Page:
Your feelings and emotions after a miscarriage

Losing your baby at any stage of pregnancy can be extremely difficult. If you are looking at this page, you or your partner may have had a miscarriage, an ectopic or a molar pregnancy. We are so sorry for your loss.  

On this page:

Common feelings

Losing an unplanned or unwanted pregnancy

Other people’s reactions

Looking after yourself

If you’re struggling to cope

This page is written with the woman or birthing person in mind, but we hope partners and other family members will find it helpful too.  

If you have been using a surrogate to have a baby and they miscarry, you may find it helpful to read this page, and our page for partners. Neither might feel exactly right, but we hope that you find some helpful information and support on both. Your fertility clinic or surrogacy agency may have suggestions for further support too.

Common feelings after miscarriage

You may have been deeply affected by the miscarriage. Or you may feel more removed. Many people who have lost a baby have talked about grief, guilt, emptiness, fear and loneliness. Sometimes it’s difficult to work out exactly what you are feeling and why. This is normal too. Knowing a bit about other people's experiences can sometimes help you make sense of your own. We’ve included lots of links to people’s stories throughout this page.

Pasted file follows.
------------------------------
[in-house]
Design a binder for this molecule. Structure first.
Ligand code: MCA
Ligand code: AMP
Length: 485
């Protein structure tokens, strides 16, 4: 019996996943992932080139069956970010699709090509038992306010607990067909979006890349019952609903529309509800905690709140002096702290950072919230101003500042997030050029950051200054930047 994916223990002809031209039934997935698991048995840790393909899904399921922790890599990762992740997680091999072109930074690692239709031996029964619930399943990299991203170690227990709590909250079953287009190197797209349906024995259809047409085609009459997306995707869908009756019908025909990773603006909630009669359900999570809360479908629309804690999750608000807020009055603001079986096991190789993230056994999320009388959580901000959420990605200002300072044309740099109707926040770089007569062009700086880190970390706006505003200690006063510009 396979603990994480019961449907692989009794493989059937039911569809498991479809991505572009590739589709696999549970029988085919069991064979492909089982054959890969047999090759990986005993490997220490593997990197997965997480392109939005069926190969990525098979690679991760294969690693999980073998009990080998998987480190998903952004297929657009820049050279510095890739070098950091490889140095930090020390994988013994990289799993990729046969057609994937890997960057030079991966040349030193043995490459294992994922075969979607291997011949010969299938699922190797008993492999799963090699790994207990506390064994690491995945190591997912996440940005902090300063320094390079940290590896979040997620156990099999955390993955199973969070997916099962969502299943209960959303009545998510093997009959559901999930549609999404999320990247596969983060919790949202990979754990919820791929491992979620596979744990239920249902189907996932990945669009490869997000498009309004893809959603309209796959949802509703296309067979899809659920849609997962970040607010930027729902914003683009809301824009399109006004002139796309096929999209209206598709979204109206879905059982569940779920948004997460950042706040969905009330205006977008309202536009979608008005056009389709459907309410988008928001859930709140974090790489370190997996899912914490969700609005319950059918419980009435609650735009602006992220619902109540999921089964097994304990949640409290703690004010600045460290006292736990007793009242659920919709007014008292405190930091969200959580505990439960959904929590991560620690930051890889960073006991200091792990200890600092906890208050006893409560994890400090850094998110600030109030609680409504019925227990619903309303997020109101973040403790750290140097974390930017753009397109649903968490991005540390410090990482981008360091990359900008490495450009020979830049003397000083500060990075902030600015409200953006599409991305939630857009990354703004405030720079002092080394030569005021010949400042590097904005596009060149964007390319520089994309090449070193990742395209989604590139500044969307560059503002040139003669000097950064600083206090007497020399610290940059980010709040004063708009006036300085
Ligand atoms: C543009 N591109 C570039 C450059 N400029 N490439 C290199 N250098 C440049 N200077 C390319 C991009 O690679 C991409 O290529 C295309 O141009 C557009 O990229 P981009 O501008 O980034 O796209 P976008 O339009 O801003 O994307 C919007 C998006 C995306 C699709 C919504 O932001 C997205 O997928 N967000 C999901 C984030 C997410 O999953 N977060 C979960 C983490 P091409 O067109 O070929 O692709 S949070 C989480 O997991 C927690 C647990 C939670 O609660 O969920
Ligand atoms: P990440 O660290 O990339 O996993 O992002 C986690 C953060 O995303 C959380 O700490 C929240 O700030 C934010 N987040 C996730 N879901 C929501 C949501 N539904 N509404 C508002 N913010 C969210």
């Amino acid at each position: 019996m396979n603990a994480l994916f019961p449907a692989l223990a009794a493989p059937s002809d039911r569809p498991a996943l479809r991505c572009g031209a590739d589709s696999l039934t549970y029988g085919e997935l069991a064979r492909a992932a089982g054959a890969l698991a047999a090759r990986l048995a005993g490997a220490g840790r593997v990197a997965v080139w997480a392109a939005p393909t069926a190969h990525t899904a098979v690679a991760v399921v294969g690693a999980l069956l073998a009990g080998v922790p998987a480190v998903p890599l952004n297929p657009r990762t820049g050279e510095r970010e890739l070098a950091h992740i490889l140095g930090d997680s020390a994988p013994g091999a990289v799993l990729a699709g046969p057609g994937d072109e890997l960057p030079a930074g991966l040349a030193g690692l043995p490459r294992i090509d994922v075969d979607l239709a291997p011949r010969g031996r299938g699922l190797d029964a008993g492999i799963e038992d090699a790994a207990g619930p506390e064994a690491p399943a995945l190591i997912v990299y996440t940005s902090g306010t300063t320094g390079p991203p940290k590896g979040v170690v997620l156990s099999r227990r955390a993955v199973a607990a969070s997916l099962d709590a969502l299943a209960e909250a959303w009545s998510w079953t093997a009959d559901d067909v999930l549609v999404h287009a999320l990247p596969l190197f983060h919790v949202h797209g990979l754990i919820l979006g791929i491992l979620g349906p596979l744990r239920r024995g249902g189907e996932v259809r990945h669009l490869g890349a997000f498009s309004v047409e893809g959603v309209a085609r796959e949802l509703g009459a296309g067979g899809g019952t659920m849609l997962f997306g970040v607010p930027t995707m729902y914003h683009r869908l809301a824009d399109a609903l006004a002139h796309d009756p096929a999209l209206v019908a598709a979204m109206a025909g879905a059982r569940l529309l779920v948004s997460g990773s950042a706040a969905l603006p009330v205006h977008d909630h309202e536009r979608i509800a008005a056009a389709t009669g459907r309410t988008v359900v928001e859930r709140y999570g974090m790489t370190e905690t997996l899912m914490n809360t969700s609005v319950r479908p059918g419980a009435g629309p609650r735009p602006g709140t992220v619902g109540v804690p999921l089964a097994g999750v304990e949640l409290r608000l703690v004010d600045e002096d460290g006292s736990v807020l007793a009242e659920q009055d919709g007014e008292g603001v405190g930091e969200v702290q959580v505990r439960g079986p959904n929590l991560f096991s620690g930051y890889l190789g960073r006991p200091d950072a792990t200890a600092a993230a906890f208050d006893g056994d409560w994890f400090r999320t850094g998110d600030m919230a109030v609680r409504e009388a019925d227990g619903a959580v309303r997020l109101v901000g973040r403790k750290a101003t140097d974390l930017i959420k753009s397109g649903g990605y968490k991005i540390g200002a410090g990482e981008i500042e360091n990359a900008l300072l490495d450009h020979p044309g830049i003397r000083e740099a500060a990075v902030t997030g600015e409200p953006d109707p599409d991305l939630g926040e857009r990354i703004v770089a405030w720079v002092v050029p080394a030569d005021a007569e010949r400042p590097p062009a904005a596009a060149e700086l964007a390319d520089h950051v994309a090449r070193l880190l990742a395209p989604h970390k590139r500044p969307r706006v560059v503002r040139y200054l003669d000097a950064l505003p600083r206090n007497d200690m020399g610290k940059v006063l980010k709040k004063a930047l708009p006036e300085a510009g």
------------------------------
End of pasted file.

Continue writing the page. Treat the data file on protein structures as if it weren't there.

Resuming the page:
For the person who carried the baby it’s important to remember that complicated emotions will also be combined with the natural mood changes caused by changing hormone levels. You may experience mood swings and feel like crying a lot. Remember to allow for this. Be kind to yourself. We have more information on looking after yourself and finding support later on this page.

It is also normal to swing between different feelings, day to day, week to week – emotions after a loss can be unpredictable.

All the feelings we mention here are uncomfortable but entirely normal. However, if you start to worry about how you’re feeling, please try talking to your GP. You might also find it helpful to look at our page on grief, trauma and your mental health after miscarriage.

You may also find it helpful to look at our page on grieving you baby after a stillbirth. This has more support around coping with grief and other intense feelings.